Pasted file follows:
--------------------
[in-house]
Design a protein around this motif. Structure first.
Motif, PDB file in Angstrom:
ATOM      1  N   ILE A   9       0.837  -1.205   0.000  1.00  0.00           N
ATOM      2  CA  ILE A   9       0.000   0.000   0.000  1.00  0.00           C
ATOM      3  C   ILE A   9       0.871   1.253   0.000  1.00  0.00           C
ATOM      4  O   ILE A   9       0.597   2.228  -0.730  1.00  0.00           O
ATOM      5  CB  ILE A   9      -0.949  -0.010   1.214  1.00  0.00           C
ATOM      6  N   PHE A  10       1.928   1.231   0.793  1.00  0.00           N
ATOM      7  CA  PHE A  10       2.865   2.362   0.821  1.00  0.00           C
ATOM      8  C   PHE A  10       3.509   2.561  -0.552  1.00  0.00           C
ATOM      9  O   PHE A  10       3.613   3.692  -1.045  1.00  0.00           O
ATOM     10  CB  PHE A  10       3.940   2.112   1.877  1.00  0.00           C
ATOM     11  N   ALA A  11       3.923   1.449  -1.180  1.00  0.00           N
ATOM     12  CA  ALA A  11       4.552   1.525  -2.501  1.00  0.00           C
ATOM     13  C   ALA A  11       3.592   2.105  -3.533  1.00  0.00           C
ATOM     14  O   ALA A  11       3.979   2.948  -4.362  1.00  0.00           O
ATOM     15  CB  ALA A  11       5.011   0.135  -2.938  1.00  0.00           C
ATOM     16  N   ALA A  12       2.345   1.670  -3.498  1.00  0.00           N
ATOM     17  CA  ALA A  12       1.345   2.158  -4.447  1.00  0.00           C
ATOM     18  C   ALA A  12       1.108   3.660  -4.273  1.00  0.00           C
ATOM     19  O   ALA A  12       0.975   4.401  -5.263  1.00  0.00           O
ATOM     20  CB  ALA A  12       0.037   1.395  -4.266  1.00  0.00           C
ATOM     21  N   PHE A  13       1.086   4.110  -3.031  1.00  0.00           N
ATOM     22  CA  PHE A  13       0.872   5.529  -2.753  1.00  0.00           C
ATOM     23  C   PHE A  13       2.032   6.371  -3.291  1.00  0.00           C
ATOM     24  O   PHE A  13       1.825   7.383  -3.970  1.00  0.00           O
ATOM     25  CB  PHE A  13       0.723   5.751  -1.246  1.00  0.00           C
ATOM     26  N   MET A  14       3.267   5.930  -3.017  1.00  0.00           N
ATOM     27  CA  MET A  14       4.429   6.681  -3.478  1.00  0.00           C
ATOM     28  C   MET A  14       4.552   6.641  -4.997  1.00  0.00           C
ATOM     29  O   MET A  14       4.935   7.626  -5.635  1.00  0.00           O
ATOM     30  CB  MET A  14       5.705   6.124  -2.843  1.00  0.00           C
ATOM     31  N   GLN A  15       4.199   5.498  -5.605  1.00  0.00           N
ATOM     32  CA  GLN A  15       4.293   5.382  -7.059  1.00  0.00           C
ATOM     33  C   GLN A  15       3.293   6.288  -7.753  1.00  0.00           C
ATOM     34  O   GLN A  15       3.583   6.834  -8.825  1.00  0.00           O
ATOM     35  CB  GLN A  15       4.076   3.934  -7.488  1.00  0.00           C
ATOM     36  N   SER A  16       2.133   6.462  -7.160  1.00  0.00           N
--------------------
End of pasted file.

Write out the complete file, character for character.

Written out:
[in-house]
Design a protein around this motif. Structure first.
Motif, PDB file in Angstrom:
ATOM      1  N   ILE A   9       0.837  -1.205   0.000  1.00  0.00           N
ATOM      2  CA  ILE A   9       0.000   0.000   0.000  1.00  0.00           C
ATOM      3  C   ILE A   9       0.871   1.253   0.000  1.00  0.00           C
ATOM      4  O   ILE A   9       0.597   2.228  -0.730  1.00  0.00           O
ATOM      5  CB  ILE A   9      -0.949  -0.010   1.214  1.00  0.00           C
ATOM      6  N   PHE A  10       1.928   1.231   0.793  1.00  0.00           N
ATOM      7  CA  PHE A  10       2.865   2.362   0.821  1.00  0.00           C
ATOM      8  C   PHE A  10       3.509   2.561  -0.552  1.00  0.00           C
ATOM      9  O   PHE A  10       3.613   3.692  -1.045  1.00  0.00           O
ATOM     10  CB  PHE A  10       3.940   2.112   1.877  1.00  0.00           C
ATOM     11  N   ALA A  11       3.923   1.449  -1.180  1.00  0.00           N
ATOM     12  CA  ALA A  11       4.552   1.525  -2.501  1.00  0.00           C
ATOM     13  C   ALA A  11       3.592   2.105  -3.533  1.00  0.00           C
ATOM     14  O   ALA A  11       3.979   2.948  -4.362  1.00  0.00           O
ATOM     15  CB  ALA A  11       5.011   0.135  -2.938  1.00  0.00           C
ATOM     16  N   ALA A  12       2.345   1.670  -3.498  1.00  0.00           N
ATOM     17  CA  ALA A  12       1.345   2.158  -4.447  1.00  0.00           C
ATOM     18  C   ALA A  12       1.108   3.660  -4.273  1.00  0.00           C
ATOM     19  O   ALA A  12       0.975   4.401  -5.263  1.00  0.00           O
ATOM     20  CB  ALA A  12       0.037   1.395  -4.266  1.00  0.00           C
ATOM     21  N   PHE A  13       1.086   4.110  -3.031  1.00  0.00           N
ATOM     22  CA  PHE A  13       0.872   5.529  -2.753  1.00  0.00           C
ATOM     23  C   PHE A  13       2.032   6.371  -3.291  1.00  0.00           C
ATOM     24  O   PHE A  13       1.825   7.383  -3.970  1.00  0.00           O
ATOM     25  CB  PHE A  13       0.723   5.751  -1.246  1.00  0.00           C
ATOM     26  N   MET A  14       3.267   5.930  -3.017  1.00  0.00           N
ATOM     27  CA  MET A  14       4.429   6.681  -3.478  1.00  0.00           C
ATOM     28  C   MET A  14       4.552   6.641  -4.997  1.00  0.00           C
ATOM     29  O   MET A  14       4.935   7.626  -5.635  1.00  0.00           O
ATOM     30  CB  MET A  14       5.705   6.124  -2.843  1.00  0.00           C
ATOM     31  N   GLN A  15       4.199   5.498  -5.605  1.00  0.00           N
ATOM     32  CA  GLN A  15       4.293   5.382  -7.059  1.00  0.00           C
ATOM     33  C   GLN A  15       3.293   6.288  -7.753  1.00  0.00           C
ATOM     34  O   GLN A  15       3.583   6.834  -8.825  1.00  0.00           O
ATOM     35  CB  GLN A  15       4.076   3.934  -7.488  1.00  0.00           C
ATOM     36  N   SER A  16       2.133   6.462  -7.160  1.00  0.00           N